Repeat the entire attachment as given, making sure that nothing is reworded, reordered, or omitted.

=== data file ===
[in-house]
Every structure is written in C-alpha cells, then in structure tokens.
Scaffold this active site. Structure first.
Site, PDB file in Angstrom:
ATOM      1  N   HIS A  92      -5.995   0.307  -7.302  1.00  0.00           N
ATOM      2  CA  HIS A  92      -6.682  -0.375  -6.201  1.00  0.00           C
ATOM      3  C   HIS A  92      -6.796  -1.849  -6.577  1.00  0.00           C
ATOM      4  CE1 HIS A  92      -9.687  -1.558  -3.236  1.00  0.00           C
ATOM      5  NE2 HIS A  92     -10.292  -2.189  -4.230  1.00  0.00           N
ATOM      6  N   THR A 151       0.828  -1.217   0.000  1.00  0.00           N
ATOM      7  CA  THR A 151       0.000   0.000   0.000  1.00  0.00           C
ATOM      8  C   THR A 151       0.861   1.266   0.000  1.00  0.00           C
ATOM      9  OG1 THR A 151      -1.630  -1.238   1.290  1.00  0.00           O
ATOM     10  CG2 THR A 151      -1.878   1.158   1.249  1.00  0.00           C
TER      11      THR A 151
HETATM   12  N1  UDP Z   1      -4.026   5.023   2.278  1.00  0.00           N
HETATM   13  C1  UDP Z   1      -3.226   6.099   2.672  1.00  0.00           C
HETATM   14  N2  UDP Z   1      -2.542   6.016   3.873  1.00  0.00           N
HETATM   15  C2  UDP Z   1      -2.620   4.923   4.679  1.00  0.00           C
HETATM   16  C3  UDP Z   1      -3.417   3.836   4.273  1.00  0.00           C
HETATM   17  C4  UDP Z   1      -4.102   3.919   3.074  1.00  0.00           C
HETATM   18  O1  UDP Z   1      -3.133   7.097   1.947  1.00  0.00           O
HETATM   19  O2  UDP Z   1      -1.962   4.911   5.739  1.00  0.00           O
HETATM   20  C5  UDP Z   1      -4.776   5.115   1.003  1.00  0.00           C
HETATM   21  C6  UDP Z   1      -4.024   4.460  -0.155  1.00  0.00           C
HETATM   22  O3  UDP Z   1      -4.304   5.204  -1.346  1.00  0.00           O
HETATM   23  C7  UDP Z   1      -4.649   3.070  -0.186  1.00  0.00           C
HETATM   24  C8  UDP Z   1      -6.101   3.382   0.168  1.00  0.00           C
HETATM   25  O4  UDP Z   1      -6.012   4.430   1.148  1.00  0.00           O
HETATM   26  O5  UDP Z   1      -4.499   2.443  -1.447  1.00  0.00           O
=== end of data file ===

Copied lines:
[in-house]
Every structure is written in C-alpha cells, then in structure tokens.
Scaffold this active site. Structure first.
Site, PDB file in Angstrom:
ATOM      1  N   HIS A  92      -5.995   0.307  -7.302  1.00  0.00           N
ATOM      2  CA  HIS A  92      -6.682  -0.375  -6.201  1.00  0.00           C
ATOM      3  C   HIS A  92      -6.796  -1.849  -6.577  1.00  0.00           C
ATOM      4  CE1 HIS A  92      -9.687  -1.558  -3.236  1.00  0.00           C
ATOM      5  NE2 HIS A  92     -10.292  -2.189  -4.230  1.00  0.00           N
ATOM      6  N   THR A 151       0.828  -1.217   0.000  1.00  0.00           N
ATOM      7  CA  THR A 151       0.000   0.000   0.000  1.00  0.00           C
ATOM      8  C   THR A 151       0.861   1.266   0.000  1.00  0.00           C
ATOM      9  OG1 THR A 151      -1.630  -1.238   1.290  1.00  0.00           O
ATOM     10  CG2 THR A 151      -1.878   1.158   1.249  1.00  0.00           C
TER      11      THR A 151
HETATM   12  N1  UDP Z   1      -4.026   5.023   2.278  1.00  0.00           N
HETATM   13  C1  UDP Z   1      -3.226   6.099   2.672  1.00  0.00           C
HETATM   14  N2  UDP Z   1      -2.542   6.016   3.873  1.00  0.00           N
HETATM   15  C2  UDP Z   1      -2.620   4.923   4.679  1.00  0.00           C
HETATM   16  C3  UDP Z   1      -3.417   3.836   4.273  1.00  0.00           C
HETATM   17  C4  UDP Z   1      -4.102   3.919   3.074  1.00  0.00           C
HETATM   18  O1  UDP Z   1      -3.133   7.097   1.947  1.00  0.00           O
HETATM   19  O2  UDP Z   1      -1.962   4.911   5.739  1.00  0.00           O
HETATM   20  C5  UDP Z   1      -4.776   5.115   1.003  1.00  0.00           C
HETATM   21  C6  UDP Z   1      -4.024   4.460  -0.155  1.00  0.00           C
HETATM   22  O3  UDP Z   1      -4.304   5.204  -1.346  1.00  0.00           O
HETATM   23  C7  UDP Z   1      -4.649   3.070  -0.186  1.00  0.00           C
HETATM   24  C8  UDP Z   1      -6.101   3.382   0.168  1.00  0.00           C
HETATM   25  O4  UDP Z   1      -6.012   4.430   1.148  1.00  0.00           O
HETATM   26  O5  UDP Z   1      -4.499   2.443  -1.447  1.00  0.00           O